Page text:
Got my Fourth stripe in Brazilian jiujitsu!
Passed my purple belt test in Kung Fu!
I've been wanting to take my purple best test in kung fu forever, but a series of unfortunate events (death in family, medical error that resulted in hospitalization, and knee injury from running) conspired me to be out of town or out of commission whenever there was a belt test. Now all I need to do is get a single stripe on my belt in Brazilian jiujitsu and I'll be happy!
Why I love Martial arts
I am a martial artist. I almost feel as phony saying that as I did for years when I told people I was a writer. My love for martial arts would surprise anyone I went to high school with. PE was the only reason I graduated with a GPA less than 4.0. I have always been a klutz. I was scared of the uneven parallel bar and the balance beam and pretty much any ball ever thrown my way. I am not physically brave and I hate conflict. I made my high school boyfriend leave a WWF fight he took me to.
But it turns out that martial arts have helped me be a better writer (after all, mysteries and thrillers often contain an element of violence), as well as a stronger and more prepared person.
For me, a kickboxing class was the gateway drug to martial arts. As part of the class, we wore boxing gloves and hit bags. I had never hit anything, not even a bag, as hard as I could. It made me feel fierce and it was a great workout. I ended up training in kajukenbo, a little bit of Muay Thai and a teeny-tiny bit of Systema. And now I have a purple belt in kung fu and am a four-stripe white belt in Brazilian jiujitsu.
Will I ever make it to black belt in either? Probably not. I’m not a natural, I’m not particularly coordinated and I’m older—but I still love it.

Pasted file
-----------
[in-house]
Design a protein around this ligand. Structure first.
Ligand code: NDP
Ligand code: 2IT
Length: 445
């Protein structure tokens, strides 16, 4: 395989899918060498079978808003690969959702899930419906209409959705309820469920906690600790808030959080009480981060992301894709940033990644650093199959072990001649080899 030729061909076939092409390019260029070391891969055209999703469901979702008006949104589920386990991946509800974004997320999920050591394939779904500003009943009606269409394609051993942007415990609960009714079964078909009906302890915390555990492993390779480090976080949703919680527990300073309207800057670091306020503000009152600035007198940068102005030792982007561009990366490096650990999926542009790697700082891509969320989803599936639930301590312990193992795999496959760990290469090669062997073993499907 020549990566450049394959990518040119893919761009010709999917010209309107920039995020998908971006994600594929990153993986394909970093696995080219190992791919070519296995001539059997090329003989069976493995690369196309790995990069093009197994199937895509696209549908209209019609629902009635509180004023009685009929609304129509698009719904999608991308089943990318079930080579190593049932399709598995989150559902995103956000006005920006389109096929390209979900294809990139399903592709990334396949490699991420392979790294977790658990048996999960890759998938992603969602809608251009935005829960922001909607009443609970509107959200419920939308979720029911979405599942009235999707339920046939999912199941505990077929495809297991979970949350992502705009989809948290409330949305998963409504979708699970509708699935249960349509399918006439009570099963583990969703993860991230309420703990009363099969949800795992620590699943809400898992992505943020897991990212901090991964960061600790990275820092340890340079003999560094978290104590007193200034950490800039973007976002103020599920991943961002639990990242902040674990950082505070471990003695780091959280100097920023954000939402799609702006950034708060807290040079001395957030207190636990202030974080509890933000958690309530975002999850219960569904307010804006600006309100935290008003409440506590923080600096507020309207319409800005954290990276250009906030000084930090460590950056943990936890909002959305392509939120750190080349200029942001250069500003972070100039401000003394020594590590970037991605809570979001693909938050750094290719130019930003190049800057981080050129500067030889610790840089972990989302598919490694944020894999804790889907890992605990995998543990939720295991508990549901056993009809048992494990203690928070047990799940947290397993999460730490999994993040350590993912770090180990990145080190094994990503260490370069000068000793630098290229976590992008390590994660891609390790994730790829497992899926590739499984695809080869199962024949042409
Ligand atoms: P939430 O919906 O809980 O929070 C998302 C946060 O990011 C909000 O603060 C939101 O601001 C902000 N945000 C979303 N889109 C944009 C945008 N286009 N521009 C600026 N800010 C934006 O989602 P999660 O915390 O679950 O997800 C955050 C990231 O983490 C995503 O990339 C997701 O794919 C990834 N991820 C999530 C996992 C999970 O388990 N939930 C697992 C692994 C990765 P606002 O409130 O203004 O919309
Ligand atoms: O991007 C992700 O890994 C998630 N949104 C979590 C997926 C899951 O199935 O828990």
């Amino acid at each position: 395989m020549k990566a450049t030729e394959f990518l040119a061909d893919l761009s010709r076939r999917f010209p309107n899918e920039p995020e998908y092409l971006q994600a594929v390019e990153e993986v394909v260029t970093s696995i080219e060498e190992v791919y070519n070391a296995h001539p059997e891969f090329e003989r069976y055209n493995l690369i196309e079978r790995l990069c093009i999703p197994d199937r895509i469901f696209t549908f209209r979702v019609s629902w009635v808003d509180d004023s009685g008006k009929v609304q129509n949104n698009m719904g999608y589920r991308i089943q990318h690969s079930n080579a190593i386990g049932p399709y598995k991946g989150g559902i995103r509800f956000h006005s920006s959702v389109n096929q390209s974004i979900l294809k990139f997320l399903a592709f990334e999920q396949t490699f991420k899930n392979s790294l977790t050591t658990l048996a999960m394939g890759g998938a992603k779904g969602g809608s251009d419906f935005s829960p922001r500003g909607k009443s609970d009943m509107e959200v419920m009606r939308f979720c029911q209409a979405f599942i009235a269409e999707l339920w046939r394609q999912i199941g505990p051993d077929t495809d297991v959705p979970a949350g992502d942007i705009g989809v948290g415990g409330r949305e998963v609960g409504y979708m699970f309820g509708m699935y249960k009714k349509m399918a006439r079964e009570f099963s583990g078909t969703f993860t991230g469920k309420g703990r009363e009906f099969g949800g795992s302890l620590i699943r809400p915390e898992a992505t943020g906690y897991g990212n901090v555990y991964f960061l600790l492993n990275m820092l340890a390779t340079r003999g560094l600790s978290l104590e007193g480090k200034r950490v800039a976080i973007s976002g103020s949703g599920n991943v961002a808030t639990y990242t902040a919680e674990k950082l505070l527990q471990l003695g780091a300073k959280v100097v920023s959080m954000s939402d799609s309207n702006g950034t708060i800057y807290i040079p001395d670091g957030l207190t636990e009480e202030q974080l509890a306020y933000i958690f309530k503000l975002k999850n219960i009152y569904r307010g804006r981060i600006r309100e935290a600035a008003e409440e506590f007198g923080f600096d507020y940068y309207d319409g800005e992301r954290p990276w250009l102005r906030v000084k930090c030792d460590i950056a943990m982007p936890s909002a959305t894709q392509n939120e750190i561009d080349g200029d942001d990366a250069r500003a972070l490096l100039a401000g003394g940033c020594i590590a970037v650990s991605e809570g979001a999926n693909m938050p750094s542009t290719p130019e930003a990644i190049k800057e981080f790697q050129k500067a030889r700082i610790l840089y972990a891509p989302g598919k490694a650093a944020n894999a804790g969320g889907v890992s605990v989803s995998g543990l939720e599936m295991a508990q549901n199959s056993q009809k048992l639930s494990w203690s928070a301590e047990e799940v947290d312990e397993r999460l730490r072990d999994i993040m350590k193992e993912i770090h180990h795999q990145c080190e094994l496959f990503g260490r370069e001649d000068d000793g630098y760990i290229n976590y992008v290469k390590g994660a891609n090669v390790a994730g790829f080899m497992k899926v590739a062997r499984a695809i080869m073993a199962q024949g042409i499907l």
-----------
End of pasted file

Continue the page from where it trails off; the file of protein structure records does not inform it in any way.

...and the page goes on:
I particularly love sparring, which can mean standing up and punching and kicking (kung fu) or rolling around on the ground trying to choke your opponent or lock his joints.
As for BJJ, for a long time I thought: No way am I going to roll around on the floor with some guy on top of me and you can't tell me that wrapping my legs around his waist is a good thing. It seemed like it would feel way too rape-y. What I've found is that it is the most physical thing I've ever done—but it's not personal at all.
Knowing a little something about surprise, pain and fighting back helps me write about them. I can write authoritatively about fear, about how things blur, about the way people move and hold their bodies and eyes and mouths. I can tell when someone is about to hit me and where. The eyes focus, the breath catches and the shoulder drops or the hand goes back.
I also know how to hurt people – and that means my characters might be able to do it too. And I know how to get free if someone grabs your wrist, tries to strangle you or wraps you in a bear hug. I’ve told my doctor not to worry about the bruises on my arms from getting out of wrist grabs.
I used my martial arts training in The Girl Who Was Supposed to Die and Count All Her Bones.
10 reasons I love Martial arts
When I'm not on the road, I take kung fu and Brazilian jiujitsu classes eight or nine times a week. (And when I'm traveling, I try to go to BJJ classes if I can find them.) Why do I like martial arts so much?
This isn't me, but a woman named Jaydra (the inspiration for Jaydra in Count All Her Bones.) She's doing a drill called a monkey line, which teaches you to fight one attacker at a time. I have even done monkey lines with all the attackers carrying knives (training knives) which is amazingly fun.